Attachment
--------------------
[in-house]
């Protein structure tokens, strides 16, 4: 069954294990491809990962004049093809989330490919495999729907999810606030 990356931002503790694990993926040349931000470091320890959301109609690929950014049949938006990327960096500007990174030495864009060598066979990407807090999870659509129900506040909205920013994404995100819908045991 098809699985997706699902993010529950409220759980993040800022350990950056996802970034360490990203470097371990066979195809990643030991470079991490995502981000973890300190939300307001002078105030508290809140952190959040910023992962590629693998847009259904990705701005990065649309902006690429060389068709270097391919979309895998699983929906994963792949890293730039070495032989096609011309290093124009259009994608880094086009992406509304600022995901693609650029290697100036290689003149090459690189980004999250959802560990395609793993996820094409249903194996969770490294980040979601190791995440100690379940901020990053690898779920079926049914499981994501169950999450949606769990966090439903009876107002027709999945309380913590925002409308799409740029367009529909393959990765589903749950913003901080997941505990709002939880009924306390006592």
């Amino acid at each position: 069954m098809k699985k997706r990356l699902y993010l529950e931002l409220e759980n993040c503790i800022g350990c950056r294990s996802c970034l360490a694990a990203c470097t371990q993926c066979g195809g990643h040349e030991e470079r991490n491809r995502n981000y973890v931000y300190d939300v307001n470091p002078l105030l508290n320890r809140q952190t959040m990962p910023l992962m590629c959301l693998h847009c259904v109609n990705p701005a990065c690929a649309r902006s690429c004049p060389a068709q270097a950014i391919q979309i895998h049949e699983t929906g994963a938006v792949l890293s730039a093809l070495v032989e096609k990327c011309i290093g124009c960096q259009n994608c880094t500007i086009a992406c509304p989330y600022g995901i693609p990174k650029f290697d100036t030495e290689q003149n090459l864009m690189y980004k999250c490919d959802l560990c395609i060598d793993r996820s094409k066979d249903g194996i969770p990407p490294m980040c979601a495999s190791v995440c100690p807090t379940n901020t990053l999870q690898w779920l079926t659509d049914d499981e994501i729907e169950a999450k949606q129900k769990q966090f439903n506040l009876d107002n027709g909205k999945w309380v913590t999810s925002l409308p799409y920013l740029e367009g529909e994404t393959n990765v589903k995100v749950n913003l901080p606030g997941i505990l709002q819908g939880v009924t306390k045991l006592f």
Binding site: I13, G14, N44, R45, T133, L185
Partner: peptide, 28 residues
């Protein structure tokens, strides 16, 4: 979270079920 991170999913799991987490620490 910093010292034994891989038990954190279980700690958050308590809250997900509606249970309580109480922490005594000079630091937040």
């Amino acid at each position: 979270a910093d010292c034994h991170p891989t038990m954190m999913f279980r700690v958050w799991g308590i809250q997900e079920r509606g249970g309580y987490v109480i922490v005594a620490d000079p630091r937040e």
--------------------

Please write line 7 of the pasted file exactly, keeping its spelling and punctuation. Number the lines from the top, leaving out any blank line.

């Amino acid at each position: 979270a910093d010292c034994h991170p891989t038990m954190m999913f279980r700690v958050w799991g308590i809250q997900e079920r509606g249970g309580y987490v109480i922490v005594a620490d000079p630091r937040e």